The contact surface 34 of the contact element 33 projects inwardly into the appropriate storage location 30 and is adapted to contact the rear panel 12 of one of the video tape cassettes L or S when it is at the equilibrium, first or second positions within the storage locations 30. The latching and unlatching is accomplished through the use of conventional means such as that used in retractable ball point pens, as more fully discussed hereinafter.

The construction and operation of the ejection member 32 is best illustrated by a comparison of FIGS. 2, 3 and 4. To store a cassette L, the cassette L is inserted transversely into a storage location 30. The rear panel 12 of the cassette L will encounter the contact surface 34 of the contact element 33 of the ejection member 32 at the equilibrium position. The compression spring 37 within the ejection member 32 will (through the contact element 33) partially resist the continued movement of the cassette L from the equilibrium position to the first position, at which position the compression spring 37 within the ejection device 32 is partially compressed and the contact element 33 is latched. FIG. 2 shows the video tape cassette L in its stored condition in which the rear panel 12 of the video tape cassette L rests against the contact surface 34 of the ejection member 32 at the first position, at which the compression spring 37 within the ejection device 32 has been partially compressed and the contact member 33 is latched. Accordingly, at the position shown in FIG. 2, both the contact surface 34 of the ejection member 32, and the rear panel 12 of the large cassette L, are located at what has previously been referred to as the first position, corresponding to the distance from the rear wall 18 to the contact surface 34 when the compression spring 37 of the ejection member 32 is in its partially compressed state and the contact element 33 is latched.

It will be appreciated that when a group of adjacent cassettes L, S are fully inserted in the container 10 so that their rear panels 12 are each at the previously defined first position, the front portions 11 of the cassettes L, S will form a flush facade since the depth of the cassettes L, S are substantially equal. In this condition, in view of the longitudinal spacing of the cassettes, it would be difficult or impossible to manually extract a cassette without some grasping aid.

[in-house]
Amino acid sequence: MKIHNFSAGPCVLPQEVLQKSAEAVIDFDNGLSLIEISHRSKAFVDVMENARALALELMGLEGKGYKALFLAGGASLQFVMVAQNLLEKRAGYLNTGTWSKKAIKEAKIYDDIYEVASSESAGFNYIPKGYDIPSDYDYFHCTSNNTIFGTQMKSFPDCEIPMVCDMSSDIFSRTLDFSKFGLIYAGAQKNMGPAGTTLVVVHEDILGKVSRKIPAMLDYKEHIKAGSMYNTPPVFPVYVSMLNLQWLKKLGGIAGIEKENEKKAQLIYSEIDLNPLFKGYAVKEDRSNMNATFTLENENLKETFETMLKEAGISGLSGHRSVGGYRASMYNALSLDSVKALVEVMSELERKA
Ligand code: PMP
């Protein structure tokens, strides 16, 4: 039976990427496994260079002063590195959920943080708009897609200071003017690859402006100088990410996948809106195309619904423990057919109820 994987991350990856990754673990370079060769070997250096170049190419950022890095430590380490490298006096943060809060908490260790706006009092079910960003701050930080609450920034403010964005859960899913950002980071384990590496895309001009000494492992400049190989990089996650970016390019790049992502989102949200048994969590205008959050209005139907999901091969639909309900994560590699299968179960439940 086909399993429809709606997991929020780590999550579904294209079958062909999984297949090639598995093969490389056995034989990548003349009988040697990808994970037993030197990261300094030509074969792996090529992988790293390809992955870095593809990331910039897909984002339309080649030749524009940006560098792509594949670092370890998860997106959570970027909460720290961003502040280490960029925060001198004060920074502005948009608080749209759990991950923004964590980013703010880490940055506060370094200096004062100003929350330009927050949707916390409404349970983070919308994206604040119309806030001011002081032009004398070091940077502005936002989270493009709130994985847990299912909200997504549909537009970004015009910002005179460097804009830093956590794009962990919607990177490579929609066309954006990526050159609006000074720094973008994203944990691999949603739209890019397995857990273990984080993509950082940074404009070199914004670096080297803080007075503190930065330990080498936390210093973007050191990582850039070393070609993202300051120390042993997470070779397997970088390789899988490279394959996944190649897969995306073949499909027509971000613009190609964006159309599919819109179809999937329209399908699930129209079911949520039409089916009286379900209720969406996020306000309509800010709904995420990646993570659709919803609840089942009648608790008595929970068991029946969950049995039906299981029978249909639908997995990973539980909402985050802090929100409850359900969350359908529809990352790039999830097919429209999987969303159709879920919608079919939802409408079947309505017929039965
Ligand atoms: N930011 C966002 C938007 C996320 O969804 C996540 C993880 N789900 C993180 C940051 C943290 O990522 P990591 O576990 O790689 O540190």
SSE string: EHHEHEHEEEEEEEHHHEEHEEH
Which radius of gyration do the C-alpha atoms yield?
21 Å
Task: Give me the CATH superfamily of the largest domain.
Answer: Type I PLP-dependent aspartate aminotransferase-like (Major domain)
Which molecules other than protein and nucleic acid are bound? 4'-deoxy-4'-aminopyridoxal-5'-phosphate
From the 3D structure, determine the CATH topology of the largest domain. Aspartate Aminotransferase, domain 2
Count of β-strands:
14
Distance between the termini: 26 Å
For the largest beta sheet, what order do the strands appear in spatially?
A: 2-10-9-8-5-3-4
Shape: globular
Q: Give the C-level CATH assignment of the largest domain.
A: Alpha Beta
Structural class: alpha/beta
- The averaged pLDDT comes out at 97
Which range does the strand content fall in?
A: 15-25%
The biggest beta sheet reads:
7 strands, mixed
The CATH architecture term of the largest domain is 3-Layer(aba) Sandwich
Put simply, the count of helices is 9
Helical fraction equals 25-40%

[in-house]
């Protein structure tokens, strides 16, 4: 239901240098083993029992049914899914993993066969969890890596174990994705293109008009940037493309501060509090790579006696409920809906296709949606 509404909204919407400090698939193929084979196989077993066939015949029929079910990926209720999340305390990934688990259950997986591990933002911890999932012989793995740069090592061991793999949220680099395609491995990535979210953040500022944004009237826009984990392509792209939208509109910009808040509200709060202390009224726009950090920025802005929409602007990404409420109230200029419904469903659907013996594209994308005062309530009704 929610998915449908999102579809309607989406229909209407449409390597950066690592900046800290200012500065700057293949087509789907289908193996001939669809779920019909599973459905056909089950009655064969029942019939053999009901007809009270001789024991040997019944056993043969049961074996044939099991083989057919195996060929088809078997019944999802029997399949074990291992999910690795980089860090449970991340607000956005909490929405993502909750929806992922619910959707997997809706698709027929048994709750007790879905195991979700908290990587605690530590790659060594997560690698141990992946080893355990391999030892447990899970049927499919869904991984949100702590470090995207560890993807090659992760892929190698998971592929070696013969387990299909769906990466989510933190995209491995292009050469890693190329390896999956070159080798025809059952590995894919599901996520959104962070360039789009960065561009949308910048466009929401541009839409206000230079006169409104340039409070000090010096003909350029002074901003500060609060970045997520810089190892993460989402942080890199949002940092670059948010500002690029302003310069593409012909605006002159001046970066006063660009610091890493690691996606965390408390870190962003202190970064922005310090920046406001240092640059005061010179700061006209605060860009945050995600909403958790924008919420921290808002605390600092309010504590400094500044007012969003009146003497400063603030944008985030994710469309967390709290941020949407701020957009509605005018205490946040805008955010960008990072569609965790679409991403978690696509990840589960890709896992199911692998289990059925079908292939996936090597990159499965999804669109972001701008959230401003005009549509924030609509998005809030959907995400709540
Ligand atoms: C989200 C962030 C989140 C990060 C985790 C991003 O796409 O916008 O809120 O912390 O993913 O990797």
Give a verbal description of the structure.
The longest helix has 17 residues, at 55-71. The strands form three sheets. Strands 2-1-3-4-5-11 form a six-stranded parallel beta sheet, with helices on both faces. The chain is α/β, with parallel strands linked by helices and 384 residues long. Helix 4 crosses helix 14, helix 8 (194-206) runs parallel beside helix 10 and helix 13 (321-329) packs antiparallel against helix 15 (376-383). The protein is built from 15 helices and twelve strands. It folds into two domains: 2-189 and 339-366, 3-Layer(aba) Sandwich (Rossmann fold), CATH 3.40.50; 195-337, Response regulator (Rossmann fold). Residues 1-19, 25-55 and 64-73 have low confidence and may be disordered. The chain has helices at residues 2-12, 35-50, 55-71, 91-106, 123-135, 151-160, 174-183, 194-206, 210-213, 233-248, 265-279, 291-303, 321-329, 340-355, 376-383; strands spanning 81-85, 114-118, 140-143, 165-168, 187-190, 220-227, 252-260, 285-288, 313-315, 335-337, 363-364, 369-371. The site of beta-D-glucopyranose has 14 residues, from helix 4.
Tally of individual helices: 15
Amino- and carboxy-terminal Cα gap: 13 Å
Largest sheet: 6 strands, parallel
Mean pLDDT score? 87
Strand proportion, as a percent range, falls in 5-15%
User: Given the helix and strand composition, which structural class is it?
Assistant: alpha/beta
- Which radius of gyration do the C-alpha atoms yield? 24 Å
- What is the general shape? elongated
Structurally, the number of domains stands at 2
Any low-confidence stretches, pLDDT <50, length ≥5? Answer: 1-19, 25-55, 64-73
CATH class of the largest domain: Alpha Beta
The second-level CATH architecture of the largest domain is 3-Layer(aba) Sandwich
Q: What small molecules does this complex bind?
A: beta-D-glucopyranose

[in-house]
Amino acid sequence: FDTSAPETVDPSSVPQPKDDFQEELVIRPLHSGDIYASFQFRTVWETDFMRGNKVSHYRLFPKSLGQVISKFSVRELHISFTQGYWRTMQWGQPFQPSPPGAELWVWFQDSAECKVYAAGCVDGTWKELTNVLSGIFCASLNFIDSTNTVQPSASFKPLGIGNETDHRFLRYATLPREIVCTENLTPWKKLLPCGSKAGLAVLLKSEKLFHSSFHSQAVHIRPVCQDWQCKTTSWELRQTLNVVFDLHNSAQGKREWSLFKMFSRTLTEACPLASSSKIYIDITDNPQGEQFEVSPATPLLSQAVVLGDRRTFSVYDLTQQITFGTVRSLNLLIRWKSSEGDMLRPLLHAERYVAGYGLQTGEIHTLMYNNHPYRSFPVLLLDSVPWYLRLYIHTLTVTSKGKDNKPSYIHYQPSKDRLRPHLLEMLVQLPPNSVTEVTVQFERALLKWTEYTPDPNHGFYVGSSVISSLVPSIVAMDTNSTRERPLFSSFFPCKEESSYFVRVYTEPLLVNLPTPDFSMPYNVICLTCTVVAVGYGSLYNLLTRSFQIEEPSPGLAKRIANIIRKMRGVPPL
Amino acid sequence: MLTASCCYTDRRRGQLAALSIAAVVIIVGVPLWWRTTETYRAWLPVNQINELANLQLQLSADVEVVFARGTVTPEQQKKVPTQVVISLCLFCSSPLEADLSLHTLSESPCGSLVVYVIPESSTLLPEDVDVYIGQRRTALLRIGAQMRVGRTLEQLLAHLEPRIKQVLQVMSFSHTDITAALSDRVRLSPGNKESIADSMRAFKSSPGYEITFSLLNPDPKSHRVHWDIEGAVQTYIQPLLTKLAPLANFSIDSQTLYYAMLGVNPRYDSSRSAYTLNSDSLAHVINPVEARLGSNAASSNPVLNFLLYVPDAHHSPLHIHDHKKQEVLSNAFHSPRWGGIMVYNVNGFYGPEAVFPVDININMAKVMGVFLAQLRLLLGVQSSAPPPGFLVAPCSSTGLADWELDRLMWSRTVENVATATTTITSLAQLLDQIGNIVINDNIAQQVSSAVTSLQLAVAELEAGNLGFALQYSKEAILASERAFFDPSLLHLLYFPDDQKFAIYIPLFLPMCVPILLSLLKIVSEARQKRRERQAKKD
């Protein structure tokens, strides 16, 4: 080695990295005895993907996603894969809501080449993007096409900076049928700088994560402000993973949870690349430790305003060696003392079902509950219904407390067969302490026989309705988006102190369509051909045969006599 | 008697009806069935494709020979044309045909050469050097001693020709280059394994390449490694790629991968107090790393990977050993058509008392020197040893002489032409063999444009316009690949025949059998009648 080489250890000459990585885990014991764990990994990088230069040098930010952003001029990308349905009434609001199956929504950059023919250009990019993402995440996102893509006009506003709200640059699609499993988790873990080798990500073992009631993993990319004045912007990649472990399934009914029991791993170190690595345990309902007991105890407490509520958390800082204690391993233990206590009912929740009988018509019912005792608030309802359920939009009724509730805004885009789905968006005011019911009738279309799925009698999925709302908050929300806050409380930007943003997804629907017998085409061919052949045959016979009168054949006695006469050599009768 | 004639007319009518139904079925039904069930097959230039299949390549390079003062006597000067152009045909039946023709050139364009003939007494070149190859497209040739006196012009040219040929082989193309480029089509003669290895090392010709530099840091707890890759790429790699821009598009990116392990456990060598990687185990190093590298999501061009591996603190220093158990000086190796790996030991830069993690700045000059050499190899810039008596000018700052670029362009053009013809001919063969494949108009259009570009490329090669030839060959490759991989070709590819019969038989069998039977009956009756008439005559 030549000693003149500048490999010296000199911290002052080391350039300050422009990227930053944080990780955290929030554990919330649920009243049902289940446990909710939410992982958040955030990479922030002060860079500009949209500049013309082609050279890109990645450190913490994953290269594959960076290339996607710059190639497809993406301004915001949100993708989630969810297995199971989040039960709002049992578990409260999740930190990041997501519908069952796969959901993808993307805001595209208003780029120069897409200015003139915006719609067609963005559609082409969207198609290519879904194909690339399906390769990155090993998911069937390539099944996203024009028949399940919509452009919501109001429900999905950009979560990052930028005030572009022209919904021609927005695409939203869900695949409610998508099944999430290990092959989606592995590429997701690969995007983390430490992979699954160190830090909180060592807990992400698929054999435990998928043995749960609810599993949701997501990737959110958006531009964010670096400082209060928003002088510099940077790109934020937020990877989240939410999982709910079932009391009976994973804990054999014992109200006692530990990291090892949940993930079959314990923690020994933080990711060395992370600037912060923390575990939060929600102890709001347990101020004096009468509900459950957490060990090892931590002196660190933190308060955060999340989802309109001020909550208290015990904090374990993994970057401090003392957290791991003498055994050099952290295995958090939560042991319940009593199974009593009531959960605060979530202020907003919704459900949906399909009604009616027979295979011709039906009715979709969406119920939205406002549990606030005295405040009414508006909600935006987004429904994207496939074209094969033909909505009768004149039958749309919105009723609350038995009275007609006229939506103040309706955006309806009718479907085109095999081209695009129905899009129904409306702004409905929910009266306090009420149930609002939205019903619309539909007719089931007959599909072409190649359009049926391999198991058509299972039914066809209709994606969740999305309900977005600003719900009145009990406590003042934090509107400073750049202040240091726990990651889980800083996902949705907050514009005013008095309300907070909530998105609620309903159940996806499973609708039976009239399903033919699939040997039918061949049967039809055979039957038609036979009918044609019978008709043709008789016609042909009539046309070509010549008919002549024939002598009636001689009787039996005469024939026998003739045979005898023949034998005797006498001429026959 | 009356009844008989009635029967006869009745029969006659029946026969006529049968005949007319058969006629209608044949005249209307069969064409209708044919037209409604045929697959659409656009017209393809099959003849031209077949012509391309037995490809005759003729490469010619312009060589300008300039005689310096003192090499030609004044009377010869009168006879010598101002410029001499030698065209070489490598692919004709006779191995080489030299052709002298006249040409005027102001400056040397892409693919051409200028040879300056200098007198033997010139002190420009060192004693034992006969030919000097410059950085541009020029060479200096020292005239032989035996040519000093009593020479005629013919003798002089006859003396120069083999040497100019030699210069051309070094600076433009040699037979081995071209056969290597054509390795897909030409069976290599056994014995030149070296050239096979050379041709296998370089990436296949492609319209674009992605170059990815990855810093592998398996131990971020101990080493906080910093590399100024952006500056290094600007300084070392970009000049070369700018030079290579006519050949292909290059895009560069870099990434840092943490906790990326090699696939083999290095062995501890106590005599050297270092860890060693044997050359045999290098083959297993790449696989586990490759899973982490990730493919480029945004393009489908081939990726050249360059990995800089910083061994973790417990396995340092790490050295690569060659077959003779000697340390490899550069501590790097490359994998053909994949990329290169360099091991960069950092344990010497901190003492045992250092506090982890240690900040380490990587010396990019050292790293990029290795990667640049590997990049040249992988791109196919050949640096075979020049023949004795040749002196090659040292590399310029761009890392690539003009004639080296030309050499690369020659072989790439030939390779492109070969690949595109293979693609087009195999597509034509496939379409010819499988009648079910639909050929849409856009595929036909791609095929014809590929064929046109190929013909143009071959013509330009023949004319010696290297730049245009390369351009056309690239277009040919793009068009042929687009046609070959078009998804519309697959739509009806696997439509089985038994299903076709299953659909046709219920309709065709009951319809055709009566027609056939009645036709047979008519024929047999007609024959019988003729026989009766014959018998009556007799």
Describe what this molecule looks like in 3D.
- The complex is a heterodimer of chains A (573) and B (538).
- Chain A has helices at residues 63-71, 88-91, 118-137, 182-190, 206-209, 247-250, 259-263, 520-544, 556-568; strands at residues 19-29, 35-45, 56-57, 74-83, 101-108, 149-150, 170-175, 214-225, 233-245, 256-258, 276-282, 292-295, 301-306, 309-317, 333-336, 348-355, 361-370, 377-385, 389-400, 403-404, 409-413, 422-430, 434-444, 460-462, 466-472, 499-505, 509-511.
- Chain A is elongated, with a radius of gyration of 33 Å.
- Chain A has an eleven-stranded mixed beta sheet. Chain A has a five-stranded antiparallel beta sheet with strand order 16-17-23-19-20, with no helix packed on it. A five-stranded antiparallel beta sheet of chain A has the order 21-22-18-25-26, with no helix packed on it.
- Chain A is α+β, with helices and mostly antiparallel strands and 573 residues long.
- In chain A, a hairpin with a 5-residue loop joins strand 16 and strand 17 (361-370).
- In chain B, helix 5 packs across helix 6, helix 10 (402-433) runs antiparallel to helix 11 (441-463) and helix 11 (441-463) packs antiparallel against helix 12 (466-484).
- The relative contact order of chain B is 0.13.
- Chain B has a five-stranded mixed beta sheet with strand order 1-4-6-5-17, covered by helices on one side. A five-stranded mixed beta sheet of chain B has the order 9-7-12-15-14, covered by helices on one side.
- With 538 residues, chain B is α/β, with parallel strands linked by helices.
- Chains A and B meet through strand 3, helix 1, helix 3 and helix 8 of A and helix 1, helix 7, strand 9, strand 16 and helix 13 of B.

In order to present a video tape cassette L and allow it to be removed by hand from the container 10, the video tape cassette L is moved further rearwardly into the storage area 26, thereby causing the contact element 33 to move from a location corresponding to the first position of the contact surface 34 to a location corresponding to the second position of the contact surface 34, which corresponds to a more fully compressed state of the compression spring 37 within the ejection device 32 (see FIG. 3), whereupon the contact element 33 becomes unlatched in a well known manner.

When the video tape cassette L is then released, the compression member within the ejection member 32 expands so that the contact element 33 moves outwardly, whereby the contact surface 34 moves back through the first position of FIG. 2 to the equilibrium position of FIG. 4. This movement of the contact element 33 urges the video tape cassette in a transverse direction outwardly from the container 10. The compression spring 37 of the ejection member 32 is under sufficient compression when the contact surface 34 is moved from the first to the second position that upon release of the video tape cassette, the contact element 33 urges the video tape cassette a sufficient distance such that at least a portion of the front portion 11 of the cassette L may be grasped by human fingers, since it is now extending from the equilibrium position corresponding to the flush facade.